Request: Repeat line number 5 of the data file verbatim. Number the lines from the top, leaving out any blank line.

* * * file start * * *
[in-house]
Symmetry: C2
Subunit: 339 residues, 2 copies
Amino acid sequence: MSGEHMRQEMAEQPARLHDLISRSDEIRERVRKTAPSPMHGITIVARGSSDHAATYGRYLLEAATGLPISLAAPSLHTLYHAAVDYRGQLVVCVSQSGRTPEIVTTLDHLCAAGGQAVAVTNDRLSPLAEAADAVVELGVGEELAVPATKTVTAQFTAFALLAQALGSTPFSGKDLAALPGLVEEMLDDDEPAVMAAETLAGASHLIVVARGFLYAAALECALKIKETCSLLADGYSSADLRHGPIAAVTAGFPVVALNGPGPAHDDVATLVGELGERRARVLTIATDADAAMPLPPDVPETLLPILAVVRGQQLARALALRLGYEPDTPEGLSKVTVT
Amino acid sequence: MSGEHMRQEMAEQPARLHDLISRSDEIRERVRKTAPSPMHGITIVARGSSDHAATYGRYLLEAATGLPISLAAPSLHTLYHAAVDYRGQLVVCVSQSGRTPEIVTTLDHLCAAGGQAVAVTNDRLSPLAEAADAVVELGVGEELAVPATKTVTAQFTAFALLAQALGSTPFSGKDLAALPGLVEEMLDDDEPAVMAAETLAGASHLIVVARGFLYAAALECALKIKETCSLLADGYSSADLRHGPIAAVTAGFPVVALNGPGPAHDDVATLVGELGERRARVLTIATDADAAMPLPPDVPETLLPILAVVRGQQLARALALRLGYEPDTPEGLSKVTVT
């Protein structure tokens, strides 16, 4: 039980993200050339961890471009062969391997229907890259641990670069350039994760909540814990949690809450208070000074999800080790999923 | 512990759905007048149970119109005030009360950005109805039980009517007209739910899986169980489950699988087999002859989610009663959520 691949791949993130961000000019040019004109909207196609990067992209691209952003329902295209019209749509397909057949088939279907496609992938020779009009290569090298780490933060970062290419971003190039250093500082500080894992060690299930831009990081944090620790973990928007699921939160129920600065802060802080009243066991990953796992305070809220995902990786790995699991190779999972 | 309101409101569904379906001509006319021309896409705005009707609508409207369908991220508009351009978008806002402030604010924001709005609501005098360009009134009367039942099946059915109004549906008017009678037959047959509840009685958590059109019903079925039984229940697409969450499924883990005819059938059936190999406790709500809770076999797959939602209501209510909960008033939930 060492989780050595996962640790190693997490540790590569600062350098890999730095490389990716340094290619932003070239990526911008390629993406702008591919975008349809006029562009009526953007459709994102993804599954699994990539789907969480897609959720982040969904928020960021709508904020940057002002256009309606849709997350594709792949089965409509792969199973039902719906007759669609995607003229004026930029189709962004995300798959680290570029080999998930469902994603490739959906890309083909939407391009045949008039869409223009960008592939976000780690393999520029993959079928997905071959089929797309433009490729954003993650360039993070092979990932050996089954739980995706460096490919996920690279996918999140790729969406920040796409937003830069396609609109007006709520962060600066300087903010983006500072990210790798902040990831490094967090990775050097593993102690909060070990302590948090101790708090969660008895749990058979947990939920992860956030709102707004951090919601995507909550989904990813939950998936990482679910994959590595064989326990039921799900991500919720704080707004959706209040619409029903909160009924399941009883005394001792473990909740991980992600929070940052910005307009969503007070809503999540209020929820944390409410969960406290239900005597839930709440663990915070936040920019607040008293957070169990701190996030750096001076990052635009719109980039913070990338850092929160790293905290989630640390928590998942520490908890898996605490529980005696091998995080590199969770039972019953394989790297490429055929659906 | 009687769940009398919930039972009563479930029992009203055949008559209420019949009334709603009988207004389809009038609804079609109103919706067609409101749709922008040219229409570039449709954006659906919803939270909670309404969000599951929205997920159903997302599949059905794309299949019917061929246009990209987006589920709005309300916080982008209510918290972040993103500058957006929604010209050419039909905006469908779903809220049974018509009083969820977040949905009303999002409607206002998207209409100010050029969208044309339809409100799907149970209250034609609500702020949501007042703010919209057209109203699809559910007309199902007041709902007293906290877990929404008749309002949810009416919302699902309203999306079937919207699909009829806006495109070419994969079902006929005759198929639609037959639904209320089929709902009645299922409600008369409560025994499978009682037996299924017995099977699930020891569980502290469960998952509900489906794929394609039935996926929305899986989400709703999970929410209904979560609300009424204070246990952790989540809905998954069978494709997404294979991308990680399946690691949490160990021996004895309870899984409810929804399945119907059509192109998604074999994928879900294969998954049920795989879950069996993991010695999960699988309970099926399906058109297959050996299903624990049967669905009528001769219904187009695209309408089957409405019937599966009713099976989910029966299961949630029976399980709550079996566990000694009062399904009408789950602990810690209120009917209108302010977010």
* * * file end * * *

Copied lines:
Amino acid sequence: MSGEHMRQEMAEQPARLHDLISRSDEIRERVRKTAPSPMHGITIVARGSSDHAATYGRYLLEAATGLPISLAAPSLHTLYHAAVDYRGQLVVCVSQSGRTPEIVTTLDHLCAAGGQAVAVTNDRLSPLAEAADAVVELGVGEELAVPATKTVTAQFTAFALLAQALGSTPFSGKDLAALPGLVEEMLDDDEPAVMAAETLAGASHLIVVARGFLYAAALECALKIKETCSLLADGYSSADLRHGPIAAVTAGFPVVALNGPGPAHDDVATLVGELGERRARVLTIATDADAAMPLPPDVPETLLPILAVVRGQQLARALALRLGYEPDTPEGLSKVTVT